An effective vaccine protecting against all nine strains of African Horse Sickness Virus (AHSV) is a step closer, according to new research.
The virus has devastating effects on horse populations across sub-Saharan Africa and there have also been outbreaks in Spain and Portugal.
A study, led by the London School of Hygiene & Tropical Medicine and funded by the UK-based Biotechnology and Biological Sciences Research Council (BBSRC), used a type of vaccine that possesses all the benefits of a traditional vaccine with none of the associated risk factors.
The researchers’ work is the first to report a reverse genetics-based vaccine for African Horse Sickness Virus.
African Horse Sickness causes severe respiratory problems and approximately 90% of horses that catch it die within a week.
The biting midges that transmit the disease are found all across Europe and there is concern regarding the influence of climate change on midge populations.
Many countries use a ‘live’ vaccine to treat AHSV. These vaccines render pathogens harmless, vastly reducing their ability to infect a host.
However, there are concerns about the possibility of the virus becoming infectious again due to mutations.
In 2016, the school-led research team developed a reverse genetics system that enabled strains to mimic viruses, demonstrating their same abilities to enter host cells and initiate an immune response.
However, unlike the natural virus the vaccine strains are unable to replicate, rendering them harmless. This ‘Entry Competent Replication-Abortive’ (ECRA) system allowed for the development of virus strains for all nine types of AHSV and a successful mouse model displayed the potential for vaccine development.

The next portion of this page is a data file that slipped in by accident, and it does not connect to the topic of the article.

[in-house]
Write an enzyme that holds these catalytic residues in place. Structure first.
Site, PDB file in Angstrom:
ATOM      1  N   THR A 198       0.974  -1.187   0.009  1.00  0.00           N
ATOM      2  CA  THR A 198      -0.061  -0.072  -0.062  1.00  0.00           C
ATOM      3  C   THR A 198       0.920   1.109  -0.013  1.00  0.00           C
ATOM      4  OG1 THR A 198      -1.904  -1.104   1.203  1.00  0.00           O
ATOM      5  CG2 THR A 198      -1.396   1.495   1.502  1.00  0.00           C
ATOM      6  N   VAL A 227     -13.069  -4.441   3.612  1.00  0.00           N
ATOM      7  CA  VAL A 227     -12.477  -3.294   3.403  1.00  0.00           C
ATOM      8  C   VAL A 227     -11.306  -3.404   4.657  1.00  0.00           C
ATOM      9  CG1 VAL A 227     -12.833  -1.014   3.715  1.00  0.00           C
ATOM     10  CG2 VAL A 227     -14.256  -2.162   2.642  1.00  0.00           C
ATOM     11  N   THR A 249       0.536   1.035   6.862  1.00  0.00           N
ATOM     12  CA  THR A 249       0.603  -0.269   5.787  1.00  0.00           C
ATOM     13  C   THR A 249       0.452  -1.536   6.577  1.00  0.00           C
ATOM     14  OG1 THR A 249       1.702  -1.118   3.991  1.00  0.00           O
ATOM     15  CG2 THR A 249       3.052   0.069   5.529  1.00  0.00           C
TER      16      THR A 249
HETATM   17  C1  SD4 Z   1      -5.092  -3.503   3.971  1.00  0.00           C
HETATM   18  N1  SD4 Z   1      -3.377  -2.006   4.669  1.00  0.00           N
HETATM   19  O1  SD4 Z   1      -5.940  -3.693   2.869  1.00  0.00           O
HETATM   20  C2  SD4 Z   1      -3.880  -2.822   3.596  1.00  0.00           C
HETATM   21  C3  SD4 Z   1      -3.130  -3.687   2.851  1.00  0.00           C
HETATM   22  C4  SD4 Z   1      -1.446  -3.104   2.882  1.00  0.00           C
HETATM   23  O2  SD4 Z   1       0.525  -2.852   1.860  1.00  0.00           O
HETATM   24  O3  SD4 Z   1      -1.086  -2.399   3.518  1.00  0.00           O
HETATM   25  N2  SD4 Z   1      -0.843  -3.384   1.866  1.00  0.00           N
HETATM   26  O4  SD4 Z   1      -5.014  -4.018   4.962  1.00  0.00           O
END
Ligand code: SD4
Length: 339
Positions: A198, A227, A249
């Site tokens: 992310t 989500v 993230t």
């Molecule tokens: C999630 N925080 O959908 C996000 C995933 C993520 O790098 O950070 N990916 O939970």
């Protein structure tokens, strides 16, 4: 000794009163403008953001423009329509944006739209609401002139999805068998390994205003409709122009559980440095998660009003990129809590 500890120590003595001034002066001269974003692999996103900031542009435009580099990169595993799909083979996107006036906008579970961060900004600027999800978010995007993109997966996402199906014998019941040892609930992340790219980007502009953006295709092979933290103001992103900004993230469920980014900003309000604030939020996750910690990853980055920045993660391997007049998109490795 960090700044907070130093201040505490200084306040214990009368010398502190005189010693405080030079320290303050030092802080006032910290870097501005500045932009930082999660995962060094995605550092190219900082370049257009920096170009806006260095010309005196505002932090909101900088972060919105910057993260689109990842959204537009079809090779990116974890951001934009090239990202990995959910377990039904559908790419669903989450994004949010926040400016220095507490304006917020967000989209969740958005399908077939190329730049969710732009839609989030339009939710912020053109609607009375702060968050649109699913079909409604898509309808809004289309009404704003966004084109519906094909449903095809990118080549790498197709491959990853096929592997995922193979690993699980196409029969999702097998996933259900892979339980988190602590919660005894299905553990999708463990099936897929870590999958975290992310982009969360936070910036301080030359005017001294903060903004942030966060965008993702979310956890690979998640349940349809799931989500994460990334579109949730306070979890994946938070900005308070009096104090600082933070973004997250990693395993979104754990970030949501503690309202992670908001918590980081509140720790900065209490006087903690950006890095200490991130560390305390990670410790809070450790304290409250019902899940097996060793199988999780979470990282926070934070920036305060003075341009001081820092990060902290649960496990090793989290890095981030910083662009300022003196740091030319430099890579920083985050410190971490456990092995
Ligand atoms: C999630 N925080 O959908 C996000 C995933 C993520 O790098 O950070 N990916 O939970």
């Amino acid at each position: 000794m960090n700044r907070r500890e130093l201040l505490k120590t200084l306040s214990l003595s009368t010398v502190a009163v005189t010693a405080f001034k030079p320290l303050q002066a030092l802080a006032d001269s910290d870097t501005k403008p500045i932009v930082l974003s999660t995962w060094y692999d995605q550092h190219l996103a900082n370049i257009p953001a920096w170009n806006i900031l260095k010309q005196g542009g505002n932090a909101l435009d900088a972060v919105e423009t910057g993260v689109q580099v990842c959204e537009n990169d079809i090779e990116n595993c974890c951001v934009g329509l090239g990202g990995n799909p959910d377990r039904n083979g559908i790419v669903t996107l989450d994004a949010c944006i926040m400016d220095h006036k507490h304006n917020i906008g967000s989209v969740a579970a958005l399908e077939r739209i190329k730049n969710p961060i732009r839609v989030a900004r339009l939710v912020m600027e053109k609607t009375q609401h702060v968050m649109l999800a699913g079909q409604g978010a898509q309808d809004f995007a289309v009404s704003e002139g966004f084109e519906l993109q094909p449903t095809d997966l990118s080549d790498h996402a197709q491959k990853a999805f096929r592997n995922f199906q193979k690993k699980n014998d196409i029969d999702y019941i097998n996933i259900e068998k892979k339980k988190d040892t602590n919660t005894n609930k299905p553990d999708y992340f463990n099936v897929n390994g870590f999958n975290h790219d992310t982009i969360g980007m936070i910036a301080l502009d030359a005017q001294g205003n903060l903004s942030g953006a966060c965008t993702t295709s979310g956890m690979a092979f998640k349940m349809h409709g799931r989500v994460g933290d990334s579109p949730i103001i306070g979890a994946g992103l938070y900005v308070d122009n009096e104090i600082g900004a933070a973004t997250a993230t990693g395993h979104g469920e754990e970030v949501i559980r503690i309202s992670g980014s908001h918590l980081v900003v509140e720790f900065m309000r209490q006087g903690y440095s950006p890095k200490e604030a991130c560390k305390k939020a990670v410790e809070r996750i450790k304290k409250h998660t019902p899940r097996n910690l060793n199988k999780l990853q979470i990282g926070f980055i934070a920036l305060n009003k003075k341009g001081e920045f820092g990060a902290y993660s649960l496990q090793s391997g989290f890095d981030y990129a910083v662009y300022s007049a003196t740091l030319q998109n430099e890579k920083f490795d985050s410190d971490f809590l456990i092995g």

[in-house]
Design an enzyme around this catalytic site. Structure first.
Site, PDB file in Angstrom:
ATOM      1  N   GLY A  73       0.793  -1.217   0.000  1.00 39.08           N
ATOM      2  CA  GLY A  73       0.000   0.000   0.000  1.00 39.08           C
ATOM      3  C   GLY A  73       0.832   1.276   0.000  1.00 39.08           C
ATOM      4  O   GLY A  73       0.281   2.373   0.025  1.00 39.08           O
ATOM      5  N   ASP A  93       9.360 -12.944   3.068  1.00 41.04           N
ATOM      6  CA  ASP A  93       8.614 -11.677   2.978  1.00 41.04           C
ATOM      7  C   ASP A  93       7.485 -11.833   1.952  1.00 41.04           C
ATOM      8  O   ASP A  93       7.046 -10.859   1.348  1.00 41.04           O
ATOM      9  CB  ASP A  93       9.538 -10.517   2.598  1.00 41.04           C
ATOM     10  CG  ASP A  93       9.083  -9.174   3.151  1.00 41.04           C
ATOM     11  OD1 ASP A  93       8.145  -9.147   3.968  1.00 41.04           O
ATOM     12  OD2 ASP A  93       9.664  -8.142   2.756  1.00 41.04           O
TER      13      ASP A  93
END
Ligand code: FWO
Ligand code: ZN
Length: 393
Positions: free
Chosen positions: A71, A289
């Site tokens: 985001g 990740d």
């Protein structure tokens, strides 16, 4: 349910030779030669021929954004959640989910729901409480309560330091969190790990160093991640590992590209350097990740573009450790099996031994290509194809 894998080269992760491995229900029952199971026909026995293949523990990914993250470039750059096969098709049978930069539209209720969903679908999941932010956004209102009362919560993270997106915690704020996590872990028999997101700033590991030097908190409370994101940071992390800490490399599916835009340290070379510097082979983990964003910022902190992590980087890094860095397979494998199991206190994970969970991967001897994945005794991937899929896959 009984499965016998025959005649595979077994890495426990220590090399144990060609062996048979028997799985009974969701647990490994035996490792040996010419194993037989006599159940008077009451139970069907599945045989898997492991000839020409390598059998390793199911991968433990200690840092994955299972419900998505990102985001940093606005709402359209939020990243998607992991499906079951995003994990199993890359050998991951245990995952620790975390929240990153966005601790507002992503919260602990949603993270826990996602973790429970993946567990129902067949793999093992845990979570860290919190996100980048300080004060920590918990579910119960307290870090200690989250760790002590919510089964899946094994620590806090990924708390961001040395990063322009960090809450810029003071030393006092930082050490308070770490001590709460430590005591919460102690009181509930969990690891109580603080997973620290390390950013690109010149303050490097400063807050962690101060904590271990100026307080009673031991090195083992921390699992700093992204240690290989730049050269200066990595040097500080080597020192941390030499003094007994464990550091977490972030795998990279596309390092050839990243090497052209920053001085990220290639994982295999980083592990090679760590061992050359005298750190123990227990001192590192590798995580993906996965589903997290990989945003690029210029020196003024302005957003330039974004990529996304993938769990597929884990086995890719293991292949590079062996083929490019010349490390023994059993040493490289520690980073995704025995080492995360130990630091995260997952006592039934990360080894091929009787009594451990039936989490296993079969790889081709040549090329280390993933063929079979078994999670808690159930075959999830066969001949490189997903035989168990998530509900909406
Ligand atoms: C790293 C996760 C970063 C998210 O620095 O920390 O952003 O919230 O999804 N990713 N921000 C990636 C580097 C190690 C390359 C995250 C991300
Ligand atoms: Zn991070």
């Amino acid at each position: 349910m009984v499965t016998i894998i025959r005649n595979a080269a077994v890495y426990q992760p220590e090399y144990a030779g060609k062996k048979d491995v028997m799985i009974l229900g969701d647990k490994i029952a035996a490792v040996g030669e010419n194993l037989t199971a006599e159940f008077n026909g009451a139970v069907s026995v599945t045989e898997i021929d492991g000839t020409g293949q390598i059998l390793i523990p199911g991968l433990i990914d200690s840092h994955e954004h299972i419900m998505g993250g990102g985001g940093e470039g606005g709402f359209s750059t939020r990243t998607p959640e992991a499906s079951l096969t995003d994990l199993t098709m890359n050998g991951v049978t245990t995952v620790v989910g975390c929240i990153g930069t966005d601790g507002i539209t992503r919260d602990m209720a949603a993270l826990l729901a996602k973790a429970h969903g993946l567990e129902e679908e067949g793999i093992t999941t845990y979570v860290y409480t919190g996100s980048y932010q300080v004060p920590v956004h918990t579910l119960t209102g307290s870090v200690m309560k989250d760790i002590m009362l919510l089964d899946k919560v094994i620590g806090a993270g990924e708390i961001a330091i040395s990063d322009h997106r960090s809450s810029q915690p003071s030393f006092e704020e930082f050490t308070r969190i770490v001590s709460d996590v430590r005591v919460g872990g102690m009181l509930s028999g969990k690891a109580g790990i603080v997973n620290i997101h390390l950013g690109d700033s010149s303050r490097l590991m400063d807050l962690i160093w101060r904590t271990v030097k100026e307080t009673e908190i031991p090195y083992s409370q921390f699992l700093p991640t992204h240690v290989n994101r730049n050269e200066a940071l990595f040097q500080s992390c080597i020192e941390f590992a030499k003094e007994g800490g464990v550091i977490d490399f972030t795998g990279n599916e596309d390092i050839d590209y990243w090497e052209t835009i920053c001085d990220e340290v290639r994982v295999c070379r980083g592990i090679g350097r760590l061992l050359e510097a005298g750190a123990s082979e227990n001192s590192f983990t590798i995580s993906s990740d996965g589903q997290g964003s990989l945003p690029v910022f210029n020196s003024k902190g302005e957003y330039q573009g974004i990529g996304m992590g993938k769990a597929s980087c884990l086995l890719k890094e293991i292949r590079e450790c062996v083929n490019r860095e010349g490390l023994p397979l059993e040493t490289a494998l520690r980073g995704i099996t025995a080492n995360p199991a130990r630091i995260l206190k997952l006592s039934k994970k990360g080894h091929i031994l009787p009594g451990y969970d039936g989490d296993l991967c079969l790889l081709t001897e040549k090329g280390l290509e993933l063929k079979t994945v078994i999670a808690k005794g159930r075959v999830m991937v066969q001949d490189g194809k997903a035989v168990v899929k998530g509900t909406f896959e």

In the latest study, researchers tested the effectiveness of a single vaccine strain and a ‘cocktail’ of multiple ECRA-based vaccine strains in eight ponies.
The vaccine viruses were able to enter the cell, triggering strong immune responses but were unable to replicate. None of the eight ponies suffered any adverse effects from the vaccine.
When infected, all vaccinated ponies were protected from African Horse Sickness and only the non-vaccinated ponies had clinical symptoms of virus infection.
Principal study investigator Polly Roy, Professor of Virology at the London School of Hygiene & Tropical Medicine, said: “The high volume of movement in the horse industry increases the risk of the introduction of exotic diseases such as African Horse Sickness. There are well-designed control measures for animal outbreaks in the UK, but measures taken during such an epidemic, such as the restriction of movement, could cost the UK economy approximately £4 billion.
“Using our patented reverse genetics system, the study findings demonstrated that ECRA vaccines triggered strong immune responses in ponies that protected them completely against the virus infection. Our unique and cost-effective vaccine design could act as an example for the development of next generation of vaccines against other vector-borne diseases that undermine the horse industry.”
It is hoped that the development of a safe and effective African Horse Sickness Virus vaccine can afford protection preventing major impact in the event of an outbreak in European countries.